Photo/IllutrationThe sentence “the soul goes to be with God” is changed into “the person leaves this world” in a page in the revised Chinese language textbook featuring “The Little Match Girl.” (Takashi Funakoshi)

  • Photo/Illustraion

BEIJING--The Chinese Communist Party ordered all references to words like “God” and “Bible” to be banished from a textbook for elementary school children as a crackdown against religious groups continues.

Revisions made earlier this year even resulted in changes to the wording in foreign stories, angering critics who said the government had "overstepped the line."

Released by People's Education Press, a publisher affiliated with the Chinese government, the Chinese language textbook for sixth-graders features four stories by overseas writers as well as Chinese classics.

The works are included in the textbook to promote the understanding of other cultures, according to China’s education ministry.

In “The Little Match Girl” from Hans Christian Andersen’s “New Fairy Tales and Stories,” a small girl saw her late beloved grandmother in a vision on freezing New Year’s Eve with a lighted match in her hand.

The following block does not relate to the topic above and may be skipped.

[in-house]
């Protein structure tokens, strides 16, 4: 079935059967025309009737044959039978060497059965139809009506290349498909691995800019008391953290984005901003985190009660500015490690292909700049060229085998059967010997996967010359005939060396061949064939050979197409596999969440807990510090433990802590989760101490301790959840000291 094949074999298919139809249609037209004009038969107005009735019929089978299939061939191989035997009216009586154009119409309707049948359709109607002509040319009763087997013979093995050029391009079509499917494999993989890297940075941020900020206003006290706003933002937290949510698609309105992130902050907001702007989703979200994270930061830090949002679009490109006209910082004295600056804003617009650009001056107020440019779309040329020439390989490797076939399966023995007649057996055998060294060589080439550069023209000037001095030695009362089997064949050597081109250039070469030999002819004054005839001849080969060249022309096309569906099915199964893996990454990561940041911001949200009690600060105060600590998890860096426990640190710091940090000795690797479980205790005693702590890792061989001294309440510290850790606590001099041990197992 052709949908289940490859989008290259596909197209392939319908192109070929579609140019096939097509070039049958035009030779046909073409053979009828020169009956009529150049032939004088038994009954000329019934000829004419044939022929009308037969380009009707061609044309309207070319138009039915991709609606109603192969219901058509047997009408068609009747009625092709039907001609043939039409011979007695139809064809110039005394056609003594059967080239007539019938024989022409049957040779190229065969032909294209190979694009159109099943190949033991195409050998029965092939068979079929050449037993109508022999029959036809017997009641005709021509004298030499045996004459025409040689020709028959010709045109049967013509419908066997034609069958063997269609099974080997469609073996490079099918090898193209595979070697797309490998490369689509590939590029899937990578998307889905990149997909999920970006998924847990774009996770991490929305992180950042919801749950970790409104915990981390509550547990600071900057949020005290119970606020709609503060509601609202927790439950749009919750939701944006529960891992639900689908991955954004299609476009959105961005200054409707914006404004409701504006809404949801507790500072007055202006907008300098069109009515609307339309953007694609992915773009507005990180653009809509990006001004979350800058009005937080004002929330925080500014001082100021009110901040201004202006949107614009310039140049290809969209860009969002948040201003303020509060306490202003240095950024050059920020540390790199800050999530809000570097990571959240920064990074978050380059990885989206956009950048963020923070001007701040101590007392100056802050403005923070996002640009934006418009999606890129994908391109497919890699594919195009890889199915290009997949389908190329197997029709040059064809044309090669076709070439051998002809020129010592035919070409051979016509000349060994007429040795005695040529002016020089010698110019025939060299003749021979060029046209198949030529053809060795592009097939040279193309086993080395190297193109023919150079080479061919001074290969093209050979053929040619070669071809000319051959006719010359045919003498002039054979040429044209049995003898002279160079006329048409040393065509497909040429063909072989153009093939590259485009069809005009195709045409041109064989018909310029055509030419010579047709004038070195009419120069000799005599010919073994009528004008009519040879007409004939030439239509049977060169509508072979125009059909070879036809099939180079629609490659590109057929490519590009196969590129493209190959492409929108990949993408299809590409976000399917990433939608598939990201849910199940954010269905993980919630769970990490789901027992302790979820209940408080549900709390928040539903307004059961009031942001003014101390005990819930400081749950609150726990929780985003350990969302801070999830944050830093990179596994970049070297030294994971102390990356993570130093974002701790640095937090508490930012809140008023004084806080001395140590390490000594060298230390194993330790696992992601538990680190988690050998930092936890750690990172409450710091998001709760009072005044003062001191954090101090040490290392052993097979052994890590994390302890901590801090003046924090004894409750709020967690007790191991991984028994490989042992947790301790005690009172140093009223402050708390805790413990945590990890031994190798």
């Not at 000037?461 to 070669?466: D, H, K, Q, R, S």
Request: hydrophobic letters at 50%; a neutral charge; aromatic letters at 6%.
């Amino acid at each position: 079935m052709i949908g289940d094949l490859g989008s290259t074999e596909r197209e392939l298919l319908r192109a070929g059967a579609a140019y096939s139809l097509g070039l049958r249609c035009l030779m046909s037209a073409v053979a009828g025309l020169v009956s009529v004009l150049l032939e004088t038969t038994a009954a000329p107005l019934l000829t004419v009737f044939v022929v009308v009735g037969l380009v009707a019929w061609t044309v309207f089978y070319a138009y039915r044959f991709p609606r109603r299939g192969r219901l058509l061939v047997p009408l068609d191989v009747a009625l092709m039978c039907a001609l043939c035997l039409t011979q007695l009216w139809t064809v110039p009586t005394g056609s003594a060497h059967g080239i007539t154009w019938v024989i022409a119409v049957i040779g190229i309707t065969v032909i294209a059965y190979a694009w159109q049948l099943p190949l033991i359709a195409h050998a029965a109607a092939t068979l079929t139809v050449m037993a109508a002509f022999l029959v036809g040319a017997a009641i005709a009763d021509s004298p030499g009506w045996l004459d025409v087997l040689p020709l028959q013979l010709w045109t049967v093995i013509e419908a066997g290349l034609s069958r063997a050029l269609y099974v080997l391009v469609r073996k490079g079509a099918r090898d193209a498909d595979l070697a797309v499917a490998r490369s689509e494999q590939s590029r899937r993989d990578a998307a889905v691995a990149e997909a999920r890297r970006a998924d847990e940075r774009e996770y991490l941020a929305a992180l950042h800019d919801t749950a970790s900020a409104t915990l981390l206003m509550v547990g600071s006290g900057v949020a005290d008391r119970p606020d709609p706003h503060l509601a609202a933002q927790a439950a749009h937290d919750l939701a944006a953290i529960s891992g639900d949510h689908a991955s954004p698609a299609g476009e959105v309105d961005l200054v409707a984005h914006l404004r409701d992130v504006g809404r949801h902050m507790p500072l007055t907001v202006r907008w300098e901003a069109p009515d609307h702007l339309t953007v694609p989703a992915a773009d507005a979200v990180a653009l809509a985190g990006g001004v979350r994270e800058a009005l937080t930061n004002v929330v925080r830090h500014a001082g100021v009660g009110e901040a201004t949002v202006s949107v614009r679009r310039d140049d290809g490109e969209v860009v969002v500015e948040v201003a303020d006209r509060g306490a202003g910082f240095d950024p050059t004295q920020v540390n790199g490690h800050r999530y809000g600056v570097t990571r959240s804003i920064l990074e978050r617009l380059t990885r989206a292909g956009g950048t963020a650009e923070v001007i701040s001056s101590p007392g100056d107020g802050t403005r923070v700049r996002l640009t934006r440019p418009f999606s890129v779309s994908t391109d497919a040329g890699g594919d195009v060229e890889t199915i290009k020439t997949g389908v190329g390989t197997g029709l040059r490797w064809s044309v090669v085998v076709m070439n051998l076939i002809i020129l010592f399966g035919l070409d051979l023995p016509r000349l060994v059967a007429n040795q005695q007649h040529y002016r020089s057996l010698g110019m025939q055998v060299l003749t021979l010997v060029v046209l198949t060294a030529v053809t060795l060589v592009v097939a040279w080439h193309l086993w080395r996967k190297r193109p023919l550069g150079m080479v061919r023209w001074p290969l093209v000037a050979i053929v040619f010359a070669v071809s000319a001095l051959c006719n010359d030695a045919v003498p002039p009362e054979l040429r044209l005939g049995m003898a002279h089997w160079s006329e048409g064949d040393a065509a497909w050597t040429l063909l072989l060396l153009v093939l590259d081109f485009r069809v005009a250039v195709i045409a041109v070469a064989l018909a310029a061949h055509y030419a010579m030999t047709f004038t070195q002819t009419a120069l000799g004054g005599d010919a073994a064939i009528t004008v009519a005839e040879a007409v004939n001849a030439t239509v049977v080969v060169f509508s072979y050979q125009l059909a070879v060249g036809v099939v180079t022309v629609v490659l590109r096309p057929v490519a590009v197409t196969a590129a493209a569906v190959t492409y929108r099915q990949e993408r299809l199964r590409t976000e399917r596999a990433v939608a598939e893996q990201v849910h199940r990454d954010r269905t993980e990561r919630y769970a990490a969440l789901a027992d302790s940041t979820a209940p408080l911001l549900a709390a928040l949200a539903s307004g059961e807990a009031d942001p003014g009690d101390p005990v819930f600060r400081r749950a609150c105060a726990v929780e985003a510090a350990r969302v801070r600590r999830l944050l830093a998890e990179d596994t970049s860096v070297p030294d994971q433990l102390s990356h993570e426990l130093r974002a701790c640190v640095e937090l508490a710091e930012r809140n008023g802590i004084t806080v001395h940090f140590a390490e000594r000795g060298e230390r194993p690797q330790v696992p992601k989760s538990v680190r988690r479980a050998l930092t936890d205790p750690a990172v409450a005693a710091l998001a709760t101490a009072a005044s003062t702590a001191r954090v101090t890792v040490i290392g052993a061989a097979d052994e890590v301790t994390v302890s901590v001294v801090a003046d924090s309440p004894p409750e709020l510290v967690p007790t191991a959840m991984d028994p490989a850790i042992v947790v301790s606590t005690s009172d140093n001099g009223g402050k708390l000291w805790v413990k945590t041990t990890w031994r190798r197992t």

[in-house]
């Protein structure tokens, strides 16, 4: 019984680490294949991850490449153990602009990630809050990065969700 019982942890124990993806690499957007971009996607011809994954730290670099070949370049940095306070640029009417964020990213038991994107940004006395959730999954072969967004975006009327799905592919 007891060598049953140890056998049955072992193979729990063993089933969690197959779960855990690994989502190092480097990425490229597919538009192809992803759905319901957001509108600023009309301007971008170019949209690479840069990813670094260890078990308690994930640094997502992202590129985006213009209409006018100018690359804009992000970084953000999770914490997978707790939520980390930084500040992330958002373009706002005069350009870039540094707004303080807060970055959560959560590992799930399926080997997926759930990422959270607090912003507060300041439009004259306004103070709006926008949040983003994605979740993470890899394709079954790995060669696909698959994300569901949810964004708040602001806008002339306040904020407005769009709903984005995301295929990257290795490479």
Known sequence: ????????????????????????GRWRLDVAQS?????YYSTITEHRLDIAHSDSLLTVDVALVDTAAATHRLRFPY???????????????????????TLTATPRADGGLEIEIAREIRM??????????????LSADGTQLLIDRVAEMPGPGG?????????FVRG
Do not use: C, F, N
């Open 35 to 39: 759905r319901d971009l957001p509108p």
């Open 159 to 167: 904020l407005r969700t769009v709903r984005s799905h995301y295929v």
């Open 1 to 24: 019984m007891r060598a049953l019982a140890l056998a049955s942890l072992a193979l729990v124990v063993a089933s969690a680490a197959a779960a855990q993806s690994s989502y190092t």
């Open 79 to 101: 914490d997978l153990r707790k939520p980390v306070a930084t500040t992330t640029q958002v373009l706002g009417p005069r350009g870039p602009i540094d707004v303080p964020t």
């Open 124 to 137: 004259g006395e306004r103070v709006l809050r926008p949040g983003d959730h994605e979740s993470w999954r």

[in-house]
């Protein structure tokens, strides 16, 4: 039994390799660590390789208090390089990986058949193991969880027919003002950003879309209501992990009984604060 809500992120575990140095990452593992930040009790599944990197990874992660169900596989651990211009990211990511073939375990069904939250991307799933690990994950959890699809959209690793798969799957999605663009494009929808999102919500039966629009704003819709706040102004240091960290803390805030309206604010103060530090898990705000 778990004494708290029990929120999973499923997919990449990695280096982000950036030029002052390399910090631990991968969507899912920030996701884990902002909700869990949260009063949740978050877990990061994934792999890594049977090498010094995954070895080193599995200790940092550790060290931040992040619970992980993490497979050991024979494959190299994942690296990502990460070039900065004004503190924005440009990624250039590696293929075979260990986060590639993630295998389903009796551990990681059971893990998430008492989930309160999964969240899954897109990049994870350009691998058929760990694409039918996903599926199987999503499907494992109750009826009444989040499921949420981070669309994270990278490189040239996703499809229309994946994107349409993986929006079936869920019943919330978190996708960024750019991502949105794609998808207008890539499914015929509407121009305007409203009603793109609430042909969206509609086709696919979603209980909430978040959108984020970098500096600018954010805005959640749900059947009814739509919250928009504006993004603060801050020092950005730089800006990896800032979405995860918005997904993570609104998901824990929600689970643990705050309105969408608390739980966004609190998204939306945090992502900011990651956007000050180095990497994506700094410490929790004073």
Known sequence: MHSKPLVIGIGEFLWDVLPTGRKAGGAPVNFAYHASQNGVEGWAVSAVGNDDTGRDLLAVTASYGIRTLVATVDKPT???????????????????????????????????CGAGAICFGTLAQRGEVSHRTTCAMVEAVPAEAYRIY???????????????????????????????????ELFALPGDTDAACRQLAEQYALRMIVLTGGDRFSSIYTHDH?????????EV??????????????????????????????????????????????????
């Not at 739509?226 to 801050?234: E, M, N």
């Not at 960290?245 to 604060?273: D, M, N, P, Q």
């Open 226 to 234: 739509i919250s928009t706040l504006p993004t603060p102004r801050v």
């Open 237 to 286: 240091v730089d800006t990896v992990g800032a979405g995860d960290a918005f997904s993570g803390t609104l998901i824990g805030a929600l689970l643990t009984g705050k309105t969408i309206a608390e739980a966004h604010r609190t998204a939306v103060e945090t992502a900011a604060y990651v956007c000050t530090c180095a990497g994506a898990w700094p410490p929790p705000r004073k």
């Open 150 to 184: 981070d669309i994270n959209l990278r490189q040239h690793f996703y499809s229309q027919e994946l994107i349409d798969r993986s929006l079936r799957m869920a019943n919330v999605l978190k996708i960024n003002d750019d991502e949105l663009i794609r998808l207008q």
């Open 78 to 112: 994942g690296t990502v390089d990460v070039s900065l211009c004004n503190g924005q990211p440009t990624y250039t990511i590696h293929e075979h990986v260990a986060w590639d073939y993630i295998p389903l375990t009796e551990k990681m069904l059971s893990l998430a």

In the scene, the grandmother says, “the soul goes to be with God when a star falls.” In the new version, she says, “the person leaves this world when a star falls.”

In a scene from Daniel Defoe's “The Life and Strange Surprising Adventures of Robinson Crusoe,” the protagonist takes three copies of the Bible from a wrecked ship. The Bibles are simply described as “a few books” in the new textbook.

At least 10 changes were made to “Vanka” by Russian writer Anton Chekhov, such as a prayer scene at a church. The word “Christ” was removed as well.

Although the Chinese Constitution guarantees freedom to worship, the religious affairs ordinance amended last year strictly limits the locations and other conditions of religious activities.

The wording in the textbook apparently reflects the recent tighter crackdown.

Internet users in China are aghast at the alterations. One person argued, “The changes could damage the literary quality of works,” while another insisted, “Even the original expressions did not have strong links with certain religions.”

A Chinese journalist agreed with those assessments, but said, 'Everybody knows the content of those famous stories, so the latest change is effectively meaningless.”